Growing up I was lucky to have the opportunity to build strong relationships with people without the risk of having them stolen away. Being in the same neighborhood and school system from kindergarten to high school graduation gives you plenty of time to really know and understand the people in your life, as well as recognize who your real friends are.
I found myself face to face with how quickly life moves at the wedding of a preschool chum, 16 years after we’d first played in the sandbox together. Kids I’d known since Elementary School sat across the table and around the room now as adults in classy attire, all so much different yet so much the same. As far apart as we have been and can be, we all grew up together and are a part of each other despite what we become. There was a nostalgia in the room that day, but also an optimistic recognition of the journey ahead. Events like a friend’s wedding used to seem so far off, now here it was playing out in front of me as if another scene in the movie of real life.
Knowing the people around you and being ingrained in a community is a comforting and easy going feeling. Living surrounded by people you know and love gives you a sense of safety that tends to make life this cushy bubble you just bounce around in. You build your reputation and carry it around with you, its not one of those living situations where the people you converse with today might never be seen again. You build integrity, value and trust with one another, thus creating relationships that support you when things aren’t going smoothly. You become accountable to the community and your place in it, everybody has connections to everybody in one way or the other.
Seeing people you know around town becomes part of the routine. Eventually, you can forget how you’re interacting with the people in your life and simply assume the role of “you.” You embody what you’ve imagined yourself to be in this particular environment and that’s how you approach every situation. Eventually you do things that “you would do” instead of challenging yourself to take a different route. It’s not that you’re changing yourself, but perhaps instead you aren’t allowing yourself to be changed. Plainly enough, when you’re not forced to reevaluate parts of your life, you don’t. If it’s not broken, why fix it? I learned that once its broken you might find a better way of putting it back together. Change causes growth and growth gives you power, but you can only grow with first the desire to change.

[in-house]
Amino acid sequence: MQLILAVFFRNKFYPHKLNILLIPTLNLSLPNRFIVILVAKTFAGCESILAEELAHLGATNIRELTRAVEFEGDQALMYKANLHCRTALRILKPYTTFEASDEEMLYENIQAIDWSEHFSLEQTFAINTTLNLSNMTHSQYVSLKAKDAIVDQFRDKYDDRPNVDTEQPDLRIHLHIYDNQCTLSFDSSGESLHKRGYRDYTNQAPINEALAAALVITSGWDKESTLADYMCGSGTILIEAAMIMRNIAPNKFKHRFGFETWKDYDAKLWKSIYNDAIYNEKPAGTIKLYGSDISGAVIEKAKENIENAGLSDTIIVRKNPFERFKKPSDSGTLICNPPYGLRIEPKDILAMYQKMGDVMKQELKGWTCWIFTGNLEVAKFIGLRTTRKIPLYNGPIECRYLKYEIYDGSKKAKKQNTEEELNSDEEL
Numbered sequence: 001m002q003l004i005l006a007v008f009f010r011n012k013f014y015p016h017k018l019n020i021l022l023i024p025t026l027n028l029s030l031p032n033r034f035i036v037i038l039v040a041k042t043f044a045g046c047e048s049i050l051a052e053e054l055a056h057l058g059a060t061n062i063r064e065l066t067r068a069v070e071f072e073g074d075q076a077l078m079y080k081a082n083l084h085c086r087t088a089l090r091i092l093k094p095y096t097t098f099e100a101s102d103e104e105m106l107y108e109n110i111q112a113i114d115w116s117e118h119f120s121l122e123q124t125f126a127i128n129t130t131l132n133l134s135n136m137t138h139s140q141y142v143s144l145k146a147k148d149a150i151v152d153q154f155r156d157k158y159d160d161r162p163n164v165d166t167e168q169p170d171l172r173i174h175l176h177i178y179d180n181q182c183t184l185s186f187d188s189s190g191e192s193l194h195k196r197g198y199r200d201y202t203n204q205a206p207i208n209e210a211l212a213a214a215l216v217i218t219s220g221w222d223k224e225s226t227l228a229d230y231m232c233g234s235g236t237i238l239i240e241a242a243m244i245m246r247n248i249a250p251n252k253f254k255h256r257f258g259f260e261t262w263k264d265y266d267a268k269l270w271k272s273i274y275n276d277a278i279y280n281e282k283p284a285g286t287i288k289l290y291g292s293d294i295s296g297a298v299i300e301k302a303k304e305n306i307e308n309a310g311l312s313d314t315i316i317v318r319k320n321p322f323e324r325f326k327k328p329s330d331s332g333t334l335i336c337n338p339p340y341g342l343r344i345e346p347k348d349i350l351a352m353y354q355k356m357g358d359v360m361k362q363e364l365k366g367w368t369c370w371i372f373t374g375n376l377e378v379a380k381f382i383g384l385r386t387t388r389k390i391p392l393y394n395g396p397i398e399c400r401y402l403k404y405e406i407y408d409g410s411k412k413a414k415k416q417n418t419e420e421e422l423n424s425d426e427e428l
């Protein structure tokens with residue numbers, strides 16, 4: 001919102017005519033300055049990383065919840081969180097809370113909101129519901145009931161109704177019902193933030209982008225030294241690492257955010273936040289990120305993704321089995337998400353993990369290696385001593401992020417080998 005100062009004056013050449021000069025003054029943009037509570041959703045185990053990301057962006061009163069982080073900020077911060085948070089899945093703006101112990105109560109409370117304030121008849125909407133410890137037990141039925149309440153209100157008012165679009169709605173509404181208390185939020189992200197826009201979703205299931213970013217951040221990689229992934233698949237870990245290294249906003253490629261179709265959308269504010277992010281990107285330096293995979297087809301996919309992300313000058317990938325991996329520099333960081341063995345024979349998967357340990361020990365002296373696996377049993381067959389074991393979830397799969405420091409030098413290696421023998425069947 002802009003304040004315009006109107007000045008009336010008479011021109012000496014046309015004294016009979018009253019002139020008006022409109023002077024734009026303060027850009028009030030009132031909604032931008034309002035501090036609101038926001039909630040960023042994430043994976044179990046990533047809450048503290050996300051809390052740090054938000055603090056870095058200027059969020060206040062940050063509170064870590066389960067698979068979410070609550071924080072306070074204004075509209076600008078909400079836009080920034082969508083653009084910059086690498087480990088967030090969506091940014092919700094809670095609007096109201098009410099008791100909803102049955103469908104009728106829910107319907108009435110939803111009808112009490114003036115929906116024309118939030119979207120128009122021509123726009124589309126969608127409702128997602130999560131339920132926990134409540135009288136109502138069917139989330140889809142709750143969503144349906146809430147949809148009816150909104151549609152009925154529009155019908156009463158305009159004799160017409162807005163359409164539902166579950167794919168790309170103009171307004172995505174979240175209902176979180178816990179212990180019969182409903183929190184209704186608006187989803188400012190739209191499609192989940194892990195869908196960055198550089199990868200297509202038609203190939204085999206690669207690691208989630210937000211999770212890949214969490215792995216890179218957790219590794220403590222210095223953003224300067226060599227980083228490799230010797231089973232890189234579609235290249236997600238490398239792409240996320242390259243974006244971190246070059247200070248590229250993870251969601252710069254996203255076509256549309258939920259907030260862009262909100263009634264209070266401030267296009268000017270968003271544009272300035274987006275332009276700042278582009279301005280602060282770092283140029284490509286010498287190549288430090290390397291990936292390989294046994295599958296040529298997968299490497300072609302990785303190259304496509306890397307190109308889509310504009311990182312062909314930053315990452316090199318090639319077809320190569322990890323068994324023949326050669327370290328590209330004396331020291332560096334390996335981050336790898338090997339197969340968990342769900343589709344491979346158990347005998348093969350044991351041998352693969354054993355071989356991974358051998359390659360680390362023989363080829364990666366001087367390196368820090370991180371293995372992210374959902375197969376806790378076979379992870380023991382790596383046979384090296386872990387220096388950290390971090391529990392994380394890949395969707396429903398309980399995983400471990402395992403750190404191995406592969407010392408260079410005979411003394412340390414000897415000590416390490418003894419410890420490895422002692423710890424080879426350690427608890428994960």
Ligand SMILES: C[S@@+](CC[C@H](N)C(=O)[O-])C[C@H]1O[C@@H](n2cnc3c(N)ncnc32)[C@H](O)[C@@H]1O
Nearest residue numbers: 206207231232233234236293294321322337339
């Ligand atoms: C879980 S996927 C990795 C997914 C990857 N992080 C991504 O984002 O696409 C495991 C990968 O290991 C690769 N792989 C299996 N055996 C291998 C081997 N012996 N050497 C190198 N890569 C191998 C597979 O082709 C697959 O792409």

The challenge of something unfamiliar is what keeps living interesting. Taking a risk in life even to avoid saying “what if?” somewhere down the line becomes an acceptable approach. I can safely say theres too much to know in a lifetime; instead of trying to conquer it all, we must choose the path most intriguing to us.
As these strikingly real events like children, marriage, travel, career, relocation and unmistakable growth began to surface amongst my peers, it became clear it was time for a challenge. If failure is a prerequisite to success then nothing is lost in any attempt. Getting to where you want to be in life becomes less of a dream and more of a question of how long you’re willing to work to get there. It all comes back to a simple risk, are you willing to try what you don’t know you can do for sure? I soon learned not knowing what you’ll create for yourself next is the most compelling aspect of the journey.
One day I decided to challenge myself to do something I wasn’t so sure I could pull off. I left everything familiar to me behind, packed everything I could fit in my car and moved 1300 miles to Florida without a plan. As it turns out, making an attempt at something you’re unsure of is really empowering. Even making the decision to challenge myself immediately opened my mind to all the possibilities a new environment has to offer. Its weird how your entire perspective can change while you sit in the same place; you could imagine how it changes when you’re moving.
“It takes a lot of courage to release the familiar and seemingly secure, to embrace the new. But there is no real security in what is no longer meaningful. There is more security in the adventurous and exciting, for in movement there is life, and in change there is power.” – Alan Cohen
“The state of your life is nothing more than a reflection of your state of mind.” – Wayne Dyer
“Don’t say you can’t, say ‘I presently struggle with.'” – Tony Horton